Sterlings’ Fate, LeVar Burton Scene 5

[This story contains spoilers from the FX limited series Clipped.]

Adapting true narratives is often a tricky proposition. And it gets even trickier when it’s as unbelievable and unprecedented as the fallout from 80-year-old Los Angeles Clippers owner Donald Sterling’s viral racist comments against Black people back in 2014 — just as Instagram and Twitter were in their infancy, and TMZ and Kardashian culture was extending their cultural imprint.

All of that fuels the FX series Clipped, which ended its limited series run on Tuesday.

Having as its guide the ESPN 30 for 30 podcast The Sterling Affairs from Ramona Shelburne (the ESPN writer also served as an executive producer on the series) was both helpful and challenging for Gina Welch, the creator and showrunner for the TV adaptation, whose impressive credits as both writer and producer include Feud and Ray Donovan.

Clipped, starring acclaimed The Matrix and Black-ish actor Laurence Fishburne as Clippers coach Doc Rivers, whom Welch credits for setting the stellar tone for the rest of the cast, and Married with Children and Modern Family star Ed O’Neill as Donald Sterling, whom Welch believes played the performance from understanding Sterling’s “deep neediness and insecurity,” caught both viewers and critics by surprise. Mainly, because the series wasn’t just about basketball and the scandal that forced the Sterlings to sell the team, netting two billion dollars in the process. Australian-born actresses and longtime Los Angeles residents Cleopatra Coleman and Jacki Weaver injected an unexpected feminine energy, adding texture and complexity to the series as V. Stiviano and Shelly Sterling.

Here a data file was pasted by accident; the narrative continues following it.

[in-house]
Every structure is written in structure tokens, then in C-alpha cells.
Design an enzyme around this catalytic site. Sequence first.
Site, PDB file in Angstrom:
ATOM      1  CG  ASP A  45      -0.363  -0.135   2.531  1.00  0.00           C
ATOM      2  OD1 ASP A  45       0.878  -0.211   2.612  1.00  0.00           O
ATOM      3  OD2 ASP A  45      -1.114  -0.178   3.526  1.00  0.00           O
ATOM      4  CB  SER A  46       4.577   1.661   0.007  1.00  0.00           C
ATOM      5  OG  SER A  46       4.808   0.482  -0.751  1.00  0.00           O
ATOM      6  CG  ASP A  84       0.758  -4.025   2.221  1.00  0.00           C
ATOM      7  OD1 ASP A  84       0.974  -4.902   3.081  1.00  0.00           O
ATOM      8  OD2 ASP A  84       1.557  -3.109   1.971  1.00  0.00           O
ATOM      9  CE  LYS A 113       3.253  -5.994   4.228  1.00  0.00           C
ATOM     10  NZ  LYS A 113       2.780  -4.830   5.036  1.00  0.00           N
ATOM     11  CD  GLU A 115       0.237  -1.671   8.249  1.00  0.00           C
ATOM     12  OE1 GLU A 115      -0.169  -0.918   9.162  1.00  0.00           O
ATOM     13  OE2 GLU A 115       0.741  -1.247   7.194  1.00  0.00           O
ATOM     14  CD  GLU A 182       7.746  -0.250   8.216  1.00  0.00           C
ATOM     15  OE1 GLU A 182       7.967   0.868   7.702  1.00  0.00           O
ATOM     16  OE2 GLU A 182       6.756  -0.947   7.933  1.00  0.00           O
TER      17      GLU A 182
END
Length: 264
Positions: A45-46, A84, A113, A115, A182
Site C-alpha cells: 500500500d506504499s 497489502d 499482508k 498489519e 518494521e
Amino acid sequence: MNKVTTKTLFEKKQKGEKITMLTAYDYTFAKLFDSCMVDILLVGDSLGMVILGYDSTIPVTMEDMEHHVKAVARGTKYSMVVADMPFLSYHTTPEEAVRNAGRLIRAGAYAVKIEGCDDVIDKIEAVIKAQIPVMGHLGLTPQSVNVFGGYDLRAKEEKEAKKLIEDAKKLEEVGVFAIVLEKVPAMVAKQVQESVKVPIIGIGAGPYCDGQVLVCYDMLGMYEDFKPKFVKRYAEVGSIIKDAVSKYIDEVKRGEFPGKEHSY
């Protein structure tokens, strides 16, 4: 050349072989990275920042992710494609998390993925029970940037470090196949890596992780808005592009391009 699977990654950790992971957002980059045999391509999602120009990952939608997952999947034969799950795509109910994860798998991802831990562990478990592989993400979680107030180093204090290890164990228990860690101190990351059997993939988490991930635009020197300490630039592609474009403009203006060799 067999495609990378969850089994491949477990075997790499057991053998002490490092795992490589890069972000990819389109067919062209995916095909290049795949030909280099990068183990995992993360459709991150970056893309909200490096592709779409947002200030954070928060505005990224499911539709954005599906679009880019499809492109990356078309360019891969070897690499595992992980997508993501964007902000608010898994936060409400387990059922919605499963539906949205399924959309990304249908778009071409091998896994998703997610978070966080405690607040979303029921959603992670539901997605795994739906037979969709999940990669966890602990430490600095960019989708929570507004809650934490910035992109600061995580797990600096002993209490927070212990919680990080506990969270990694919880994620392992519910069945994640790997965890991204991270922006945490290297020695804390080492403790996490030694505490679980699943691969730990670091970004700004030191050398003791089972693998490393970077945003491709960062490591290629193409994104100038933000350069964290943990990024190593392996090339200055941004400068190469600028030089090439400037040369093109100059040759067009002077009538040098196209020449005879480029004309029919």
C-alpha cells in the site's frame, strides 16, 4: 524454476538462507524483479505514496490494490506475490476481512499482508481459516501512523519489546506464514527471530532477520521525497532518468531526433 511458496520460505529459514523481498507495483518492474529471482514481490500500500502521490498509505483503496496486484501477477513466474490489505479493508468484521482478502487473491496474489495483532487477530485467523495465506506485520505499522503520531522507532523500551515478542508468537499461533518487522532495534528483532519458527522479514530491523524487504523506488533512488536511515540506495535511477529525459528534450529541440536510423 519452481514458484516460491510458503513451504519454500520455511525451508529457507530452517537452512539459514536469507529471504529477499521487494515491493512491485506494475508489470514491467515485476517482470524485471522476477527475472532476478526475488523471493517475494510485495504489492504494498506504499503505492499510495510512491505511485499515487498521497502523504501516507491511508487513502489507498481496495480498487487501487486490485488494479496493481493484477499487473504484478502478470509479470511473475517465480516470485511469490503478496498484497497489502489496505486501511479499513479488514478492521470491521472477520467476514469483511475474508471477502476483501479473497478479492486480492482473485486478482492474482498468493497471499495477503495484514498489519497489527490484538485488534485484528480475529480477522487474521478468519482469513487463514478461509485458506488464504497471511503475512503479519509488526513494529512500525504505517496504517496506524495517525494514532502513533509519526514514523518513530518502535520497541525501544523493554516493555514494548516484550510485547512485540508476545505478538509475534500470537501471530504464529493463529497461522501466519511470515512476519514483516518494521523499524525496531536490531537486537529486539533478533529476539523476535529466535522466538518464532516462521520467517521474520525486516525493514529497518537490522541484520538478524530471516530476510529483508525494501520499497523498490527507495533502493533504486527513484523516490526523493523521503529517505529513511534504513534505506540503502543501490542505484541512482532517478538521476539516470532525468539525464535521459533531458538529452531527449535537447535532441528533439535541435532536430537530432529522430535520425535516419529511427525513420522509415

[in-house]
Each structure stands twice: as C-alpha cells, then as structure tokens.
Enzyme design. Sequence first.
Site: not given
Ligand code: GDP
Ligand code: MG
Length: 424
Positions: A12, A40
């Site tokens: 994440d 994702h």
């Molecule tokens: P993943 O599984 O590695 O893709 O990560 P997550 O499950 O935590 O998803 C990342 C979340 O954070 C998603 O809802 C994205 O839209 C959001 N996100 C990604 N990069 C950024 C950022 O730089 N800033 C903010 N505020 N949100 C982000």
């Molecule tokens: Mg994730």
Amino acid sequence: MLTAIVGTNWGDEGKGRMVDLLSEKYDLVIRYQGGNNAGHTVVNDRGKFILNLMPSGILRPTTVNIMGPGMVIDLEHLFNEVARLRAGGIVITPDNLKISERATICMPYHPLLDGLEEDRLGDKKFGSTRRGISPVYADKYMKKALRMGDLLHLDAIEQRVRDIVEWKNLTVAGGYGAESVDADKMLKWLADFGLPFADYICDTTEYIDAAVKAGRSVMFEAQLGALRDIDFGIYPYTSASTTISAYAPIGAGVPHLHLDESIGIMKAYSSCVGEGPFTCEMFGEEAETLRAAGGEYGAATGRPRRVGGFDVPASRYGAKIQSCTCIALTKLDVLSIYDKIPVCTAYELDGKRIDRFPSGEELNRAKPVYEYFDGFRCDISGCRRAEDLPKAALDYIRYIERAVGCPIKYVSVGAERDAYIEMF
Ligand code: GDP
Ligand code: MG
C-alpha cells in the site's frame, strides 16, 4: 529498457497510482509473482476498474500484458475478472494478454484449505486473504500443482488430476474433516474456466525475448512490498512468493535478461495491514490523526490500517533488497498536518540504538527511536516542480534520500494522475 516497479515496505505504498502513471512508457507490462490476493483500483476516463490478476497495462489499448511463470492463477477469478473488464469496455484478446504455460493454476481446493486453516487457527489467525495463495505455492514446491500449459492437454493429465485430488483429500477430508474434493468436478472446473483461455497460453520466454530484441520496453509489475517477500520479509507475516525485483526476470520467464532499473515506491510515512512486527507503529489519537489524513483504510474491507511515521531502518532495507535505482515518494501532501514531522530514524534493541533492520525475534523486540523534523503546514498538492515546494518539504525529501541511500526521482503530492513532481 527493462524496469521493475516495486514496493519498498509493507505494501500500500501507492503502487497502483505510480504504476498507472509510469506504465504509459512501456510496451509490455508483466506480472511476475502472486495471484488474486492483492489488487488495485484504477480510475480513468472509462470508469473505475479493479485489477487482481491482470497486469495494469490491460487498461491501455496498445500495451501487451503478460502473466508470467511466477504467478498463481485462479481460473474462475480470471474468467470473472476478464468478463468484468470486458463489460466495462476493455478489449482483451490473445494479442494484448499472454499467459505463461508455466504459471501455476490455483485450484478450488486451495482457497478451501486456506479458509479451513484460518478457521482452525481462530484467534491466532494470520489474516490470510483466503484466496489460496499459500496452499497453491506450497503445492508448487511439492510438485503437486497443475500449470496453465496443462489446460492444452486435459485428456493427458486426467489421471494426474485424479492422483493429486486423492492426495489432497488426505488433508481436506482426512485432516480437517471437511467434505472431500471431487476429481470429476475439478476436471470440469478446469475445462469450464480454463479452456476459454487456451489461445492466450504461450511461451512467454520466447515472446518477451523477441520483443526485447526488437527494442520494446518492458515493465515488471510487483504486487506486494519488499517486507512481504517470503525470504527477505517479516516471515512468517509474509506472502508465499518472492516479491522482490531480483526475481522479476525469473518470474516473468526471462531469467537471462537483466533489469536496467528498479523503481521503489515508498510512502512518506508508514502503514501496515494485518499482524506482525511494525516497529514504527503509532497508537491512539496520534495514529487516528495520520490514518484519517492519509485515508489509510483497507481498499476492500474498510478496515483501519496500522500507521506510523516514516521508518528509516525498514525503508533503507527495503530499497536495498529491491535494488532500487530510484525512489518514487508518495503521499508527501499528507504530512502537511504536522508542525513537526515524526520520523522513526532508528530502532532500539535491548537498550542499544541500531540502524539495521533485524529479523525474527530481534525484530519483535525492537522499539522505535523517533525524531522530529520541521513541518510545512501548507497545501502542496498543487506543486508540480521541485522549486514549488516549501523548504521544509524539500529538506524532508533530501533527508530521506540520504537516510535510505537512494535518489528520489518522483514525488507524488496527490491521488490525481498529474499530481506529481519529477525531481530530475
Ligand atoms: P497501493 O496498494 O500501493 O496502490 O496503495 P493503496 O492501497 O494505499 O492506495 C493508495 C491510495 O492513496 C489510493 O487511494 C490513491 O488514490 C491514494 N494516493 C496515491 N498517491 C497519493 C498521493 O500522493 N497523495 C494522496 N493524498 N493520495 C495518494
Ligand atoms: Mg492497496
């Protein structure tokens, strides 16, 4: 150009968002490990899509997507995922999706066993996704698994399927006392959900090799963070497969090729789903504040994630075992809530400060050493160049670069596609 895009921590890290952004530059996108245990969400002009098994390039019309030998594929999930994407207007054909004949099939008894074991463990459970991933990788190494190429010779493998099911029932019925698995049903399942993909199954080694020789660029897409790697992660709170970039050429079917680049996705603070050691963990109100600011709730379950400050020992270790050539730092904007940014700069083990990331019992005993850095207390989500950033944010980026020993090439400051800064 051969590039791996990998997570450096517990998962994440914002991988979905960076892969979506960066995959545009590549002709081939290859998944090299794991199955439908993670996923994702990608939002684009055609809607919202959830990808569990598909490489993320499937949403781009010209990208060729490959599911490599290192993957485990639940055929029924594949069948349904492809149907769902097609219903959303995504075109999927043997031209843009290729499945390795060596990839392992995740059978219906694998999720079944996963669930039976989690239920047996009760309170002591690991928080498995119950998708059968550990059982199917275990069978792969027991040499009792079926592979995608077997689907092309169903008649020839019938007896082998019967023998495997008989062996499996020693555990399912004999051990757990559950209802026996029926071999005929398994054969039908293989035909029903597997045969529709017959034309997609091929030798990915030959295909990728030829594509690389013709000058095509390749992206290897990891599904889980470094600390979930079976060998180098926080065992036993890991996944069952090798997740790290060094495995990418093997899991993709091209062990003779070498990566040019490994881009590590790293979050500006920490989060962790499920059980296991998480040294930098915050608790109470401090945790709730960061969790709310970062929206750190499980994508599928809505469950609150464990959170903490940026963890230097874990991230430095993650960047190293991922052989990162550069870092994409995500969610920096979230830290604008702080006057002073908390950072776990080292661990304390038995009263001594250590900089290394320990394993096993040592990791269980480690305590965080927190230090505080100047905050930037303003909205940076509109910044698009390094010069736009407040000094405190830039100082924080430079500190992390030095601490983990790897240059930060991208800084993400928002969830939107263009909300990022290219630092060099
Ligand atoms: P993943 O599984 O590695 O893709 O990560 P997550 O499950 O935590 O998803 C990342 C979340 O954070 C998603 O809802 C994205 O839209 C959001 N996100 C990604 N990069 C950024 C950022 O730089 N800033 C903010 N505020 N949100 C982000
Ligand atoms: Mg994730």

Welch and her core team — comprised mainly of playwrights/screenwriters that include The Americans’ Tracey Scott Wilson, Damascus’ Tearrance Arvelle Chisholm and Pachinko’s Lauren Yee — chose a more introspective deep dive into society at large, touching on racism, sexism and classism, with echoes harkening back to FX’s 2016 breakthrough The People v. O.J. Simpson: American Crime Story.

The Hollywood Reporter caught up with Welch to discuss her approach to Clipped, explain those LeVar Burton sauna scenes with Doc Rivers discussing Black rage, as well as exploring sexism, ageism, Barbara Walters’ impact on V. and Shelly’s fates, and if the Sterlings really paid for their sins.


Why and how did you approach telling this story for television?